UK High Court want parliamentary approval for Brexit

November 3, 2016 6:30 pm

A Union flag flies in the wind in front of the Big Ben clock face and the Elizabeth Tower at the Houses of Parliament, central London, November 3, 2016. (Photo by AFP)

The High Court has banned the government from setting the process in motion before getting the Parliament’s approval, a decision that is likely to further prolong the ’s withdrawal from the European Union (EU).
The court delivered the message to British Prime Minister Theresa May on Thursday, casting uncertainty over a decision by nearly 52 percent of Britons to end the UK’s membership in the 28-nation bloc, during a referendum in July.
The ruling means May would not be able to trigger the Article 50 of the Lisbon Treaty without parliamentary approval. She had planned to start the process by March 2017 and bring it to completion in two years.
May, who insists that a referendum needs no such approval according to the constitution, said she would appeal to the Supreme Court. A hearing would be held in December.
May’s spokesman said the government was “determined to continue with our plans,” and had “no intention of letting” the ruling “derail Article 50 or the timetable we have set out.”
Investment manager Gina Miller, who brought the case to the High Court, said the premier should make the “wise decision of not appealing.”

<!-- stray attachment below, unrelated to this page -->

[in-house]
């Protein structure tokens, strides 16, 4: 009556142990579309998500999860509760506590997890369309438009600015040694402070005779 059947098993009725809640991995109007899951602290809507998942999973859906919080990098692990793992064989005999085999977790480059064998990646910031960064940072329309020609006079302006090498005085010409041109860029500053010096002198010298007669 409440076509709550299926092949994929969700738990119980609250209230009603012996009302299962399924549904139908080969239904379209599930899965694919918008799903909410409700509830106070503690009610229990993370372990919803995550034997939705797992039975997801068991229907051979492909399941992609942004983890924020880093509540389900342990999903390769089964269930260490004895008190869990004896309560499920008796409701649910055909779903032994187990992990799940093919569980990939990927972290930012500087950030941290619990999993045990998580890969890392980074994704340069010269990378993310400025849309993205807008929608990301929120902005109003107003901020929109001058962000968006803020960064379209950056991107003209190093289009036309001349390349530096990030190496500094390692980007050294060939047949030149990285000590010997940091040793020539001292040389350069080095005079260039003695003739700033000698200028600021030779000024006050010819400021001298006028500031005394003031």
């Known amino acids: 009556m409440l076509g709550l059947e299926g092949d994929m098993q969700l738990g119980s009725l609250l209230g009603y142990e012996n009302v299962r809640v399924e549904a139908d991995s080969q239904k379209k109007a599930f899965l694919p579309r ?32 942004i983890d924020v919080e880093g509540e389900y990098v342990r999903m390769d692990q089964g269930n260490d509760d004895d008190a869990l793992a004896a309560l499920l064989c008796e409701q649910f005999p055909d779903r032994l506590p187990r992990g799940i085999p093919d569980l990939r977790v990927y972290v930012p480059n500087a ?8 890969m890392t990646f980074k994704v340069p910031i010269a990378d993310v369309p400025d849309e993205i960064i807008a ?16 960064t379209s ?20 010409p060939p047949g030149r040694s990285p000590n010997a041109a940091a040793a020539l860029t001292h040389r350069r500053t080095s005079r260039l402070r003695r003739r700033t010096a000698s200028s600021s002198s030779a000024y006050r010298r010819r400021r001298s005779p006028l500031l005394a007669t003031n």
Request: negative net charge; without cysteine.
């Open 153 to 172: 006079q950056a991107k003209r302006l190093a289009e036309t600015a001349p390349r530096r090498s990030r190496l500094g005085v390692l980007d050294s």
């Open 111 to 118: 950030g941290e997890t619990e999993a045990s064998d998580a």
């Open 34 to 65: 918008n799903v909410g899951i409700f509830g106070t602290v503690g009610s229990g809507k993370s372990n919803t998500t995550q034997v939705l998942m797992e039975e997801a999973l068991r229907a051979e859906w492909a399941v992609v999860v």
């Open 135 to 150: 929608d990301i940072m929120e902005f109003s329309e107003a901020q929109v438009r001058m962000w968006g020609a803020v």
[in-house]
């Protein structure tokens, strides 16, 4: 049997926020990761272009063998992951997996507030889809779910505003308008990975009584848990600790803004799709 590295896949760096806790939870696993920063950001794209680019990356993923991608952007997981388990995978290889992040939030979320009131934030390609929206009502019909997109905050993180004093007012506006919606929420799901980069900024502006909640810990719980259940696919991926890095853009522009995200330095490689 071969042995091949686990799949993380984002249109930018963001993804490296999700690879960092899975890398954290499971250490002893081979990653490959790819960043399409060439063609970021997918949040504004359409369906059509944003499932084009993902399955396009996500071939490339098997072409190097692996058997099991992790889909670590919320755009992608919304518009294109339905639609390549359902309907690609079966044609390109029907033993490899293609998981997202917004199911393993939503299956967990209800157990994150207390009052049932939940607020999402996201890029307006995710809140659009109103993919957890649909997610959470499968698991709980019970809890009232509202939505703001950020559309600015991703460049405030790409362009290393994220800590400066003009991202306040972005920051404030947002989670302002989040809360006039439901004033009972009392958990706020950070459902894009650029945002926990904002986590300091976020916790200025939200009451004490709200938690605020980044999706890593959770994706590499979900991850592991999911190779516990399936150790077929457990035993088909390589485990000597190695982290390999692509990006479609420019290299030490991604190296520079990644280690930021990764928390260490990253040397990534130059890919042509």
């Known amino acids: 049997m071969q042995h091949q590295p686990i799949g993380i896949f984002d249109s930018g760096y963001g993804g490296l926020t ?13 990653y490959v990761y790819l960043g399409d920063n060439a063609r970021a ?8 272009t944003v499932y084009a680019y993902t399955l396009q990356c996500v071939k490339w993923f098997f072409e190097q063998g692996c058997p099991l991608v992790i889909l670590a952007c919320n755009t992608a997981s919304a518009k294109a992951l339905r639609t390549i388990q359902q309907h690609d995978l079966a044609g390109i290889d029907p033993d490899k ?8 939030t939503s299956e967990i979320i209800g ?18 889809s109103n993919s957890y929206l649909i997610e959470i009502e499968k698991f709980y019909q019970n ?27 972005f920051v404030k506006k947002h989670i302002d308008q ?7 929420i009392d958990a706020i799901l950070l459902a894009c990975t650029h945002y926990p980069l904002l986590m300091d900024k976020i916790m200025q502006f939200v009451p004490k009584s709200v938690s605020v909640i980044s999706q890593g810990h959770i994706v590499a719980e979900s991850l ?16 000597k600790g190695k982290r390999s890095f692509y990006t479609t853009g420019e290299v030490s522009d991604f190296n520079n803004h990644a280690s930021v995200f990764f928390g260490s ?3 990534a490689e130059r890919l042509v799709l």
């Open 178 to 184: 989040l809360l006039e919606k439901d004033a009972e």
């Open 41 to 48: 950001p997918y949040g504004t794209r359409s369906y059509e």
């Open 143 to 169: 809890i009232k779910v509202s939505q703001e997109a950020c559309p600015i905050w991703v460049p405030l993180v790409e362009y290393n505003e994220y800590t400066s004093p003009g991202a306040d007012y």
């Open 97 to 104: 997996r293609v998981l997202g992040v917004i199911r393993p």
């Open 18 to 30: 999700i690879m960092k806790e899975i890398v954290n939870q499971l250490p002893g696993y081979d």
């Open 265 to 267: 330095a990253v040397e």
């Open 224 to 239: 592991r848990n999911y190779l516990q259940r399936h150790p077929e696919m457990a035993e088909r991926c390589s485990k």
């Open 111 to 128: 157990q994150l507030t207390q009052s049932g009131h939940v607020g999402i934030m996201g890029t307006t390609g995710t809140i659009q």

“The result today is about all of us. It’s not about me or my team. It’s about our and all our futures,” she said.
May’s ruling Conservative Party holds a slim majority of 329 seats in the 650-seat Parliament. Although, according to British law, the results of a referendum are not binding, overturning the decision would severely damage the government’s public image.
Following the court’s verdict, Labour leader Jeremy Corbyn, who campaigned against leaving the EU, called on May’s government to “to bring its negotiating terms to Parliament without delay,” urging “transparency and accountability” to the Parliament over the issue.
In the Leave camp, UKIP leader Nigel Farage warned about a possible “betrayal” to the majority vote, and voiced concern at the prospect of a “half Brexit.”
Aside from strong opposition in the Parliament, London’s decision to push ahead with Brexit has also been met with resistance from the other three devolved nations—Scotland, Northern Ireland and Wales.
Both Scotland and Northern Ireland voted to remain in the EU during the referendum, fearing that leaving the bloc would cut their access to the EU single market.
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